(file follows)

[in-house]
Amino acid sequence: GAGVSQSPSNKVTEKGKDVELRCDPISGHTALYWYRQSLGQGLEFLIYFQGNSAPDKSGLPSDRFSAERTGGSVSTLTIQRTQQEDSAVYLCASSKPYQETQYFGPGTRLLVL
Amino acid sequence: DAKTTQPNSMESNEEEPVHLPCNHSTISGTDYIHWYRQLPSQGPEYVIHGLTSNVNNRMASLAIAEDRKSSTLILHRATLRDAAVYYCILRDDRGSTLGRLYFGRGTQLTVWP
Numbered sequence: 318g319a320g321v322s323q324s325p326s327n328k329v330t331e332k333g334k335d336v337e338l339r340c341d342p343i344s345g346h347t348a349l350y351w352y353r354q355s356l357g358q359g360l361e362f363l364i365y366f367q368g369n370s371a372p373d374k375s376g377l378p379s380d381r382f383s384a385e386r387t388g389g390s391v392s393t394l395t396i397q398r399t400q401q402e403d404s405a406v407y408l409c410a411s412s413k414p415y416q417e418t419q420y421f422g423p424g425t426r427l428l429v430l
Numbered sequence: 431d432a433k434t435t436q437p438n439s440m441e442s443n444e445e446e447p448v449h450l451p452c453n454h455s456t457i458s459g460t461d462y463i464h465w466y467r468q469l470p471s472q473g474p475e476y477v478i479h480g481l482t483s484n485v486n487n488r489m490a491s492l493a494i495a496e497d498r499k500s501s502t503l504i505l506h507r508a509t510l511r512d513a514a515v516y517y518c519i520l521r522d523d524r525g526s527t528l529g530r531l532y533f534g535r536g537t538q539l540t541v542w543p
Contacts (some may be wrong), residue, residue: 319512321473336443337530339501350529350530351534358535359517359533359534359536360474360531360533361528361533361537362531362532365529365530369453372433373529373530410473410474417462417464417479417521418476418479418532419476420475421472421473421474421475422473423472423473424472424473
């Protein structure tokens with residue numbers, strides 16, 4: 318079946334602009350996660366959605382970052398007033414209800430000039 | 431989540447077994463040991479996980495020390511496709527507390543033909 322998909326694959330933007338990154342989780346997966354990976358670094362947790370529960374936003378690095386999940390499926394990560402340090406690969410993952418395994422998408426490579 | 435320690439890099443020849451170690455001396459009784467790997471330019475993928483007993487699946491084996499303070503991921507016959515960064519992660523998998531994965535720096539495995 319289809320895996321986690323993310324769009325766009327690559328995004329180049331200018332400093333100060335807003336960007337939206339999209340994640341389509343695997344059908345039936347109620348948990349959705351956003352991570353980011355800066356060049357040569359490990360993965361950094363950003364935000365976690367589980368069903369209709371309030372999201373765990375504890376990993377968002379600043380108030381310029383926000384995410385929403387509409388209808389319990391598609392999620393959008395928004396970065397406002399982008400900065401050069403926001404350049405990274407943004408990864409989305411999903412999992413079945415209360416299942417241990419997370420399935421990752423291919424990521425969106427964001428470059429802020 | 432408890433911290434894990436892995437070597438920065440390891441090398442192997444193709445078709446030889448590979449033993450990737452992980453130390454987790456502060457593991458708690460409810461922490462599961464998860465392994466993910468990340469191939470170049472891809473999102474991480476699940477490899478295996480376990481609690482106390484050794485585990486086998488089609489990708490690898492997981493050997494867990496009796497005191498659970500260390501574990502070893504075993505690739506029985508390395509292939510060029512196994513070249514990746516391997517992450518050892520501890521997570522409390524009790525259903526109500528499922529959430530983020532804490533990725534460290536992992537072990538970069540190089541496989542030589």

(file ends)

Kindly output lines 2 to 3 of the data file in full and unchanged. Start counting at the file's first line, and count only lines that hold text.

Amino acid sequence: GAGVSQSPSNKVTEKGKDVELRCDPISGHTALYWYRQSLGQGLEFLIYFQGNSAPDKSGLPSDRFSAERTGGSVSTLTIQRTQQEDSAVYLCASSKPYQETQYFGPGTRLLVL
Amino acid sequence: DAKTTQPNSMESNEEEPVHLPCNHSTISGTDYIHWYRQLPSQGPEYVIHGLTSNVNNRMASLAIAEDRKSSTLILHRATLRDAAVYYCILRDDRGSTLGRLYFGRGTQLTVWP